Tennessee Motorcycle Safety Laws May Affect Your Personal Injury Claim
Motorcycles are notorious for the safety concerns that they pose on motorcycle riders and other drivers. The lack of protection that these types of vehicles provide their drivers can make accidents even more severe. With Tennessee’s enormous mountain ranges and varying topography, motorcyclists take on increased risk when getting on their bikes. This mountainous terrain also entices people to traverse Tennessee roadways on motorcycles to see the beautiful landscape with the open air around them.
Because Tennessee becomes a common hotspot for motorcycle riders in the warm months, the state has a number of safety requirements in place for these cyclists to reduce the severity of injuries sustained in accidents. Not following these traffic laws, however, can affect a motorcyclist’s ability to collect compensation.
Tennessee Motorcycle Laws
Since roadways are controlled by the state that they lie in, each state’s driver regulations differ. Tennessee takes a hands-on approach to motorcycle safety by instilling the following laws:
- Motorcyclists must wear a safety helmet while riding. The following brands are approved: DOT, CSPM, SNELL, and SIRC.
- Headlights must be used both during the day and at night.
- Motorcyclists must wear eye protection unless their motorcycles have a windshield.
- Lane splitting is illegal in Tennessee.
- All motorcycles must have both a left- and a right-side mirror.
- Motorcycles must have a muffler; cutouts are illegal.
- Any motorcycles transporting a passenger must have passenger seating and a passenger footrest.
Tennessee is one of the many states that follows the modified comparative negligence system. By using this system, a judge or jury will determine each driver’s percentage of fault in the accident, then award damages accordingly. If the plaintiff’s percentage of liability reaches a certain level, no damages or compensation will be awarded. In Tennessee, an accident victim is only allowed to collect damages if he or she is found to be 49 percent (or less) at fault. If each driver is 50 percent responsible for the accident, neither party will be granted compensation nor be required to pay compensation. The judge or jury will determine each driver’s role in the accident by analyzing its details. Were both drivers completely sober? Was either driver using a cell phone or otherwise distracted? Were the drivers speeding when they collided? A number of factors will be considered by the court, including the motorcycle rider’s adherence to the safety laws above.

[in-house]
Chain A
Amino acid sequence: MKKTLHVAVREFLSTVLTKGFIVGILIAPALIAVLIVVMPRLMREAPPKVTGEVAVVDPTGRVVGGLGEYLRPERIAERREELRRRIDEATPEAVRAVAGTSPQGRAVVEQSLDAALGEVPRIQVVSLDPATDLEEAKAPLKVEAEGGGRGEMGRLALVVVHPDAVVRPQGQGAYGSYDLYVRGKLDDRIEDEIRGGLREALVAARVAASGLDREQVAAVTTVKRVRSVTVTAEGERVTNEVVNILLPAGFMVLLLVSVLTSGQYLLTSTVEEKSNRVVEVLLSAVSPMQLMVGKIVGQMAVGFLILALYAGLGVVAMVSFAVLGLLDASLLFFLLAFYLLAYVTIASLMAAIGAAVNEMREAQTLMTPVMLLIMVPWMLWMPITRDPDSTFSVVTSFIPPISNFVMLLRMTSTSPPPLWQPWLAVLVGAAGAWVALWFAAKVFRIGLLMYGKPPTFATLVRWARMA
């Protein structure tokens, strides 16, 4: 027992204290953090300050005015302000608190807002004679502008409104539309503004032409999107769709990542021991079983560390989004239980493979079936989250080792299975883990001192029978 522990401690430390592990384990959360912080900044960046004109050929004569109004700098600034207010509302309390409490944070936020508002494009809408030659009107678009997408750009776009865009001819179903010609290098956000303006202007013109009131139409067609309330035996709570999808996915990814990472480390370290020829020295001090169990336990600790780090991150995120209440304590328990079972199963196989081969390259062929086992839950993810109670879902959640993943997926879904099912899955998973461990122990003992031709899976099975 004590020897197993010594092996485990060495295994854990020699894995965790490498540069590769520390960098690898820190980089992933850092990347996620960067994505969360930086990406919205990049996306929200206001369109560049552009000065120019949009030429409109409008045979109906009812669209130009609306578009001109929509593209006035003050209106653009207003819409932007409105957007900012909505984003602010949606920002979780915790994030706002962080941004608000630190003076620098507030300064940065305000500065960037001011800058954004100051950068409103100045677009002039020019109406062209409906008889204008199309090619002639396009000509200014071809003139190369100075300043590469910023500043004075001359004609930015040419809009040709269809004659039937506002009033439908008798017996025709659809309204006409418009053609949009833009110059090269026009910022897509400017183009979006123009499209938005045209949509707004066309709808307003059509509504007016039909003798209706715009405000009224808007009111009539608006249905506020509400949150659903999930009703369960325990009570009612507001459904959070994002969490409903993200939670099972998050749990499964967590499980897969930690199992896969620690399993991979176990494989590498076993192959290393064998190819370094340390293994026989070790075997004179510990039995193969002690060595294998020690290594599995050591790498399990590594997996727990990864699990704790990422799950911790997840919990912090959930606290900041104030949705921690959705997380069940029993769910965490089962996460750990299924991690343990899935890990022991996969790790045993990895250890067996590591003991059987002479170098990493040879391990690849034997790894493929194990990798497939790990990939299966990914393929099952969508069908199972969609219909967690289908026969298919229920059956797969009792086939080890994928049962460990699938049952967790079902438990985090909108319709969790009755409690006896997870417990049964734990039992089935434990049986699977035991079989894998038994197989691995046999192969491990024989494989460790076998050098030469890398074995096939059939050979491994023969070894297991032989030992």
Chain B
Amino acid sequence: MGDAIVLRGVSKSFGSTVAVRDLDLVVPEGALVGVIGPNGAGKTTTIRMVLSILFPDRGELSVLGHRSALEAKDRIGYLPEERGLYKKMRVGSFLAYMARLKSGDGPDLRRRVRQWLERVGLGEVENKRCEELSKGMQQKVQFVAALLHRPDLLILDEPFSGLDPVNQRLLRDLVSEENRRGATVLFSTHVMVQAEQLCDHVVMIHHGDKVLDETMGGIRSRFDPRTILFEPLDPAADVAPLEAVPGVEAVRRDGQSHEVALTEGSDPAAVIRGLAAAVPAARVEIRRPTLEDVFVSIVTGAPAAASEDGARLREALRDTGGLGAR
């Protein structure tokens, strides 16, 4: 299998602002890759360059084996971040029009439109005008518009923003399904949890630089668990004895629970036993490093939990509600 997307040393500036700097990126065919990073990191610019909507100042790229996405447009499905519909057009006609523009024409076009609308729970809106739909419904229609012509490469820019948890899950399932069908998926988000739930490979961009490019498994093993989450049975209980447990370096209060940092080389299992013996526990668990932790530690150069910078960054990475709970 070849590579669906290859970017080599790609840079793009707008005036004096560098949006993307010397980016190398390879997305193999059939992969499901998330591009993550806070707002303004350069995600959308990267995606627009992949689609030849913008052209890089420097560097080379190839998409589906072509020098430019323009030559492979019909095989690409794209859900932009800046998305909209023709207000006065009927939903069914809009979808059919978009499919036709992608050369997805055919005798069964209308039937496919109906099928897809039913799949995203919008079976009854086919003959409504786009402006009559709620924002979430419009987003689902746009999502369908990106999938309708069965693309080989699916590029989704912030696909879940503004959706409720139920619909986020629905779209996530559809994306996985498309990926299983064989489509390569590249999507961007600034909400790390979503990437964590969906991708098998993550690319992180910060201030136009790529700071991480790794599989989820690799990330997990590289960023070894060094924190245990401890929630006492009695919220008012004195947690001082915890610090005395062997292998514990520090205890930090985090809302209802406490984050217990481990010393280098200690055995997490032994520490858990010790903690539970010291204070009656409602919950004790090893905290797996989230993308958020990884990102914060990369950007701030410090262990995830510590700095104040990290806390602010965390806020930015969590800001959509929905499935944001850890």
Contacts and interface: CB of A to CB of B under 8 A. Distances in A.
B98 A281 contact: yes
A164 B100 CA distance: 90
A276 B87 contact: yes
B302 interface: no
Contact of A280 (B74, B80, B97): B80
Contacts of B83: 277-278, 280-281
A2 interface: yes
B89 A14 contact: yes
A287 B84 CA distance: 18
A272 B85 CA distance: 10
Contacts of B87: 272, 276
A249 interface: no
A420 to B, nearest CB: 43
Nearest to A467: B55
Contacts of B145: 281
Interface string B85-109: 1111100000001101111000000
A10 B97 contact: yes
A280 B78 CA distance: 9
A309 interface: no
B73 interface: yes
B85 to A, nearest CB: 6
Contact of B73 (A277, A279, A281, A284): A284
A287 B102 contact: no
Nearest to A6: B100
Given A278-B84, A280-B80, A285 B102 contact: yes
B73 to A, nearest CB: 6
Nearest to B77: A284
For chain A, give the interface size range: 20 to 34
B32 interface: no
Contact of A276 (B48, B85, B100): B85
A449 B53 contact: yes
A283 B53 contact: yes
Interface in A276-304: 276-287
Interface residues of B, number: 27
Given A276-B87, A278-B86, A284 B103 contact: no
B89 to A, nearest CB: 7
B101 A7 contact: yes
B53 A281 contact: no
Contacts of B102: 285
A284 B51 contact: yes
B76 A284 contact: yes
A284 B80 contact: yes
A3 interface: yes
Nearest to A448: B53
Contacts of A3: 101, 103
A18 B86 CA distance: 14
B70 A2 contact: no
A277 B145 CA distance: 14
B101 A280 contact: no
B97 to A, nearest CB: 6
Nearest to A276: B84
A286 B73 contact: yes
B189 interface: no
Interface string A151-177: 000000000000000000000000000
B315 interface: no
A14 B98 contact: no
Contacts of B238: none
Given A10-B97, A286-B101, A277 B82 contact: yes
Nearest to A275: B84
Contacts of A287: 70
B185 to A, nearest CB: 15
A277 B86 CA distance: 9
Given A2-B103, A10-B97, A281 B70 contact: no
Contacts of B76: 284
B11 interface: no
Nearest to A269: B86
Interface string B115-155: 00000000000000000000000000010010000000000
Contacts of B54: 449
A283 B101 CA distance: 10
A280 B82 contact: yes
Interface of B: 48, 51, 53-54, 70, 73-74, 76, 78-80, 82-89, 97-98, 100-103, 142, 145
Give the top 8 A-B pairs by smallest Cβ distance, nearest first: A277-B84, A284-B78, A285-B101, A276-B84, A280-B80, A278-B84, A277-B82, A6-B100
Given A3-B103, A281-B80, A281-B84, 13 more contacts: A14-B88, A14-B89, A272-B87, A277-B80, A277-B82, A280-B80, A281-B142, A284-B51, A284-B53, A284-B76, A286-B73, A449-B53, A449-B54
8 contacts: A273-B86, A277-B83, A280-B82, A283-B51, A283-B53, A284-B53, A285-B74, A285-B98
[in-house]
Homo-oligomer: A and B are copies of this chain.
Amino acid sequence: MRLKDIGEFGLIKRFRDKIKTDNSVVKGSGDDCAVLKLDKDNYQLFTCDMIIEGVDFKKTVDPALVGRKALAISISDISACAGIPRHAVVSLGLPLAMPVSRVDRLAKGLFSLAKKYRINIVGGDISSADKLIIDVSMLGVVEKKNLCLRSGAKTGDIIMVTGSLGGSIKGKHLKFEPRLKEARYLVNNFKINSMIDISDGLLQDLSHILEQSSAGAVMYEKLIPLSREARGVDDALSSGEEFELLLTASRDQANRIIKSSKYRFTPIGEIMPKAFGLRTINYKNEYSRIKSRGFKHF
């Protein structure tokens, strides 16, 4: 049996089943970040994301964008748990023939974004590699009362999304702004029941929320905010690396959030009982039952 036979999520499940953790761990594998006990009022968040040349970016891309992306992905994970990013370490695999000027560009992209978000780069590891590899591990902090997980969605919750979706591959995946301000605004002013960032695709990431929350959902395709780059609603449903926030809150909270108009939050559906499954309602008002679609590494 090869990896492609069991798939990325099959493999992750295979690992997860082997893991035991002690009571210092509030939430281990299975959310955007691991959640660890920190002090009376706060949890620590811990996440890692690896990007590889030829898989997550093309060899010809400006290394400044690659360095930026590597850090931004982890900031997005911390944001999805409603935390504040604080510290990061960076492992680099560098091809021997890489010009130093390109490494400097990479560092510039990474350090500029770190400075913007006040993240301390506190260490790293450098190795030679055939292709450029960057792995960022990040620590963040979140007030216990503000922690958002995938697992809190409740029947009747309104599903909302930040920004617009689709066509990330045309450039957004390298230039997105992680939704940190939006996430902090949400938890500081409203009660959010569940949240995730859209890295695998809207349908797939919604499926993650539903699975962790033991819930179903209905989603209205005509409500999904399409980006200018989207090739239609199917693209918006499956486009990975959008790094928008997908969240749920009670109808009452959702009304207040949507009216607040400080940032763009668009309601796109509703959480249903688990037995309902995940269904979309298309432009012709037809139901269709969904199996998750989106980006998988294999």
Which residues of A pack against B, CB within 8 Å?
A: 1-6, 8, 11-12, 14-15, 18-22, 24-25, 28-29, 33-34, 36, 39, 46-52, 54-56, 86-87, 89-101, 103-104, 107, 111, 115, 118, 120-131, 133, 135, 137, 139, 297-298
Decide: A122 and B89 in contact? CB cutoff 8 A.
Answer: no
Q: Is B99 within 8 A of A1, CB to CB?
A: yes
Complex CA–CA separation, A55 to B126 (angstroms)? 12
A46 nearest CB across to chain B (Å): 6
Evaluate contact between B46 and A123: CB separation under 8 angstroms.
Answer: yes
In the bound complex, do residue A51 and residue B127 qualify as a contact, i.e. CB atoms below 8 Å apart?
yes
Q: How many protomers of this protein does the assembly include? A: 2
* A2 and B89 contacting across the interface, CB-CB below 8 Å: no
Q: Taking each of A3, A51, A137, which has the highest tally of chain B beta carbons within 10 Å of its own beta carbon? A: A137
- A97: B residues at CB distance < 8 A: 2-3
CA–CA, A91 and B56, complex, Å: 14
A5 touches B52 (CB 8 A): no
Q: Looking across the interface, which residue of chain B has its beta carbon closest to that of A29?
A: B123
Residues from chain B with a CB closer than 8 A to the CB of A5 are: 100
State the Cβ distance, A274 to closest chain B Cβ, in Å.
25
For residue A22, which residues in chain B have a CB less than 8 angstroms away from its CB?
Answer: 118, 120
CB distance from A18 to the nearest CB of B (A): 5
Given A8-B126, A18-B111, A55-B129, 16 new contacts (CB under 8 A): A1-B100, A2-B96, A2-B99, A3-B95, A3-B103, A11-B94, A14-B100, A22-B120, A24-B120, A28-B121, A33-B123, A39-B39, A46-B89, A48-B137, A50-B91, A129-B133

Contact a Chattanooga Motorcycle Accident Lawyer
Accidents involving motorcyclists are often much more severe than passenger car collisions. This makes the collection of compensation even more important for you as the injured motorcycle rider. Your injuries can lead to significant medical bills, force you to take weeks or months off work, and alter your daily functioning. At Warren & Griffin, P.C., our legal team fights tirelessly for our clients because we understand the implications that serious accidents can have on their present and future.
Even if you failed to follow the laws explained above, you may still have a case against the other driver. Call our tenacious Tennessee personal injury attorneys at 423-265-4878 to discuss the details of your case.